Printer Friendly

ALL ABOARD FOR HEALTHY TRAVEL

 WASHINGTON, Aug. 3 /PRNewswire/ -- Whether you're off on a whirlwind tour or a relaxing cruise, overseas travelers can ensure a healthy trip by taking several precautions before departure.
 Carter D. Hill, M.D., a board certified emergency physician and medical director for Holland America Line Westours, reminds cruise passengers to ask about the adequacy of onboard medical care, including availability of a qualified physician. "Increasingly, specialists in emergency medicine, trained to treat a variety of acute conditions, are serving aboard ships," says Hill. In response, the Maritime Medicine Section of the American College of Emergency Physicians is developing guidelines for the practice of quality shipboard medicine.
 If you are planning a vacation abroad, Hill advises you to contact the local health department, or medical board, for a travel clinic referral 4-6 weeks before leaving. "The clinic can help determine any necessary immunizations for the countries you're visiting, and will provide you with a World Health Organization Vaccination Card to be carried with your passport as a record of immunization," he says.
 "Entry to many destinations currently requires proof of yellow fever immunization and some may require vaccination for cholera, especially when travelers have previously visited a country known for these diseases," says Hill. Depending on the itinerary, vaccination against hepatitis A, malaria, and typhoid is also recommended, as is documentation of a negative or positive TB test, and updates for tetanus, polio, and measles-mumps-rubella (MMR) vaccinations.
 "Preparation is the best insurance for a healthy vacation," says Hill, who offers the following added tips for travelers:
 -- Medicare, or your private insurer, often will not cover foreign travel. Check into coverage options, including Emergency Disembarkation Insurance, which allows you to return home in case of serious illness.
 -- Pack all prescribed medicines in your carry-on luggage and be sure to bring an adequate supply.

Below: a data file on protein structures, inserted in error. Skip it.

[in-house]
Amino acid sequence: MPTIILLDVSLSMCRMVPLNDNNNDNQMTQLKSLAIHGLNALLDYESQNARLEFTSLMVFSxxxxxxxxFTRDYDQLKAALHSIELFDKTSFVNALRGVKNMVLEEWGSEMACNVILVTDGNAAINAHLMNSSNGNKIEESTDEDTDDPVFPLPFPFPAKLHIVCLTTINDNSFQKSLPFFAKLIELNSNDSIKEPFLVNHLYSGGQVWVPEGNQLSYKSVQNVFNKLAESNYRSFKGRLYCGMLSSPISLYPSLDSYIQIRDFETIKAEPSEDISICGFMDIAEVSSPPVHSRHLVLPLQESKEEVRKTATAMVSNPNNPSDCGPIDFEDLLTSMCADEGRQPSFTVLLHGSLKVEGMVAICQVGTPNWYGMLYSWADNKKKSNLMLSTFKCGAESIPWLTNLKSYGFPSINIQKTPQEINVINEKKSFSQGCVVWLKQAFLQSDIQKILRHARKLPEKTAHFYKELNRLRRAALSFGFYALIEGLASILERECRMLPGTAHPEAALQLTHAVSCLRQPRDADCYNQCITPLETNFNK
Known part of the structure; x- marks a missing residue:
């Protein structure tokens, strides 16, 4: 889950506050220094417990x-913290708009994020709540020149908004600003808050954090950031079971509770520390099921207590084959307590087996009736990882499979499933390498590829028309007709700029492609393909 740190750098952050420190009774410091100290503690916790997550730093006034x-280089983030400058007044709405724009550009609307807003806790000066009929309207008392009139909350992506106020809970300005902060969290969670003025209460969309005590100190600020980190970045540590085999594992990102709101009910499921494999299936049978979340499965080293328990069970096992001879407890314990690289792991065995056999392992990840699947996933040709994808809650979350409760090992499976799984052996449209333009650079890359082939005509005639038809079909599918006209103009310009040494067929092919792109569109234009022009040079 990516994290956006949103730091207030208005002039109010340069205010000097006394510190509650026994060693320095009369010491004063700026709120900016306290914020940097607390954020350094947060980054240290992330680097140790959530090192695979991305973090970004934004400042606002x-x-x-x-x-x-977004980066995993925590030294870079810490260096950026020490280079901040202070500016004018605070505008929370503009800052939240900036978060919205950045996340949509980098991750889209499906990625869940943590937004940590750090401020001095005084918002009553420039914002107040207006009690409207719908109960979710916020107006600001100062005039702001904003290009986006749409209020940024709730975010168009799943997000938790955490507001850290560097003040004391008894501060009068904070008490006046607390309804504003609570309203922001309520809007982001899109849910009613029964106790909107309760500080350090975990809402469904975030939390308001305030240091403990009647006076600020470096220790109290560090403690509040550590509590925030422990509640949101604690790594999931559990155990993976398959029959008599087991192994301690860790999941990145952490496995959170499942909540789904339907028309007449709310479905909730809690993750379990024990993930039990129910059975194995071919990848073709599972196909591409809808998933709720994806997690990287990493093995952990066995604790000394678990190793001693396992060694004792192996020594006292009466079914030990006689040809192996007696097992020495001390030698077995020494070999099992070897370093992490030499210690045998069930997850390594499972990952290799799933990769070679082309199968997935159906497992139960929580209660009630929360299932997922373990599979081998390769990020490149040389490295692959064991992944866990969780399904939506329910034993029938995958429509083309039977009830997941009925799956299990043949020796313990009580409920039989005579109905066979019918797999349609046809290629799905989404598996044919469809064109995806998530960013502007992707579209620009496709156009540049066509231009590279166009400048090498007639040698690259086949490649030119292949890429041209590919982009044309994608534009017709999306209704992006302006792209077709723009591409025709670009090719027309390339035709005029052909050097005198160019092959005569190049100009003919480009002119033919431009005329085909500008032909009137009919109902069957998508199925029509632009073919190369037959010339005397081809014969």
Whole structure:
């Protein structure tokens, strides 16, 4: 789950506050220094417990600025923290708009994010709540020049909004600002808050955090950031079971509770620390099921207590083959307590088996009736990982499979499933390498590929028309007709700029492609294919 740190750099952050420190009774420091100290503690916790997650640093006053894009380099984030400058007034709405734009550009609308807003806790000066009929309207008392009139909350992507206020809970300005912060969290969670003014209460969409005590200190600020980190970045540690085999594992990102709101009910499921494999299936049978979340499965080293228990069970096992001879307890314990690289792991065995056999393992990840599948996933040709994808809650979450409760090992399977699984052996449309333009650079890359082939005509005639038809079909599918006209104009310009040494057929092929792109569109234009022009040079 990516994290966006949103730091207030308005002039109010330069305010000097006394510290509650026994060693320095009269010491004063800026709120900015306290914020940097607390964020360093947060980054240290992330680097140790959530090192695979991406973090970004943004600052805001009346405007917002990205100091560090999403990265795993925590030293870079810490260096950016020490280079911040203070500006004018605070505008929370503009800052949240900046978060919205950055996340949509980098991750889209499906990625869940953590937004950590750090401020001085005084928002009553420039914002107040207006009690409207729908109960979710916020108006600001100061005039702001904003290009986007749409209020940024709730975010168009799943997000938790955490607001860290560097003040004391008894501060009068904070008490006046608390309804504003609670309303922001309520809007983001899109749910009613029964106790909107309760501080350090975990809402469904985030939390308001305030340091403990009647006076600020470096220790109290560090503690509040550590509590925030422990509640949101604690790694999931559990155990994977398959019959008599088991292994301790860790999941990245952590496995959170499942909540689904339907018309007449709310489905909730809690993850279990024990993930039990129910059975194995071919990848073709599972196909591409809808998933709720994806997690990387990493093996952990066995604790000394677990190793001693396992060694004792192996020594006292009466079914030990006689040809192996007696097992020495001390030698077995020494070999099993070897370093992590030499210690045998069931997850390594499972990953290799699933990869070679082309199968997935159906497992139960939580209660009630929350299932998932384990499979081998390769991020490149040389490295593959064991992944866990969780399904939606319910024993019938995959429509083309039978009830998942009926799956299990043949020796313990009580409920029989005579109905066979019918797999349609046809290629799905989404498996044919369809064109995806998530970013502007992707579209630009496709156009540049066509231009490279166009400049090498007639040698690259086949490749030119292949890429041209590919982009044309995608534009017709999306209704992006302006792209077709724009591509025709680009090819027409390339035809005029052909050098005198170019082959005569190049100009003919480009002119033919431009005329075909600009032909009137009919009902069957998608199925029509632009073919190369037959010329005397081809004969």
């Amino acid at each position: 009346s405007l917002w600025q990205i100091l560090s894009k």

-- Bring a copy of your medical record, listing prescriptions, and highlighting any conditions, such as an abnormal EKG report, that may require serious medical attention.
 -- Pack your own first aid kit to deal with minor problems like diarrhea, commonly contracted by visitors to countries with untreated drinking water. For a list of items to include in your travelers first aid kit, send a business-size, self-addressed, stamped envelope to: American College of Emergency Physicians, 900 17th St. N.W., Suite 1250, Washington, D.C. 20006.
 -- Enjoy your trip!
 -0- 8/3/93
 /CONTACT: Michele Kamber of the American College of Emergency Physicians, 202-728-0610/


CO: American College of Emergency Physicians ST: District of Columbia IN: HEA LEI SU:

LV -- NYTFNS6 -- 8643 08/03/93 06:51 EDT
COPYRIGHT 1993 PR Newswire Association LLC
No portion of this article can be reproduced without the express written permission from the copyright holder.
Copyright 1993 Gale, Cengage Learning. All rights reserved.

Article Details
Printer friendly Cite/link Email Feedback
Publication:PR Newswire
Date:Aug 3, 1993
Words:426
Previous Article:HOW TO MAKE THE MOST OF YOUR BRITRAIL PASS: NEARLY 50 PERCENT SAVINGS ON HISTORIC TRIP THROUGH ENGLAND AND SCOTLAND
Next Article:HOW TRAVELERS CAN PROTECT THEIR HOME FROM BURGLARS; CHECKLIST FROM LEADING SECURITY PROVIDER, WESTEC
Topics:

Terms of use | Copyright © 2017 Farlex, Inc. | Feedback | For webmasters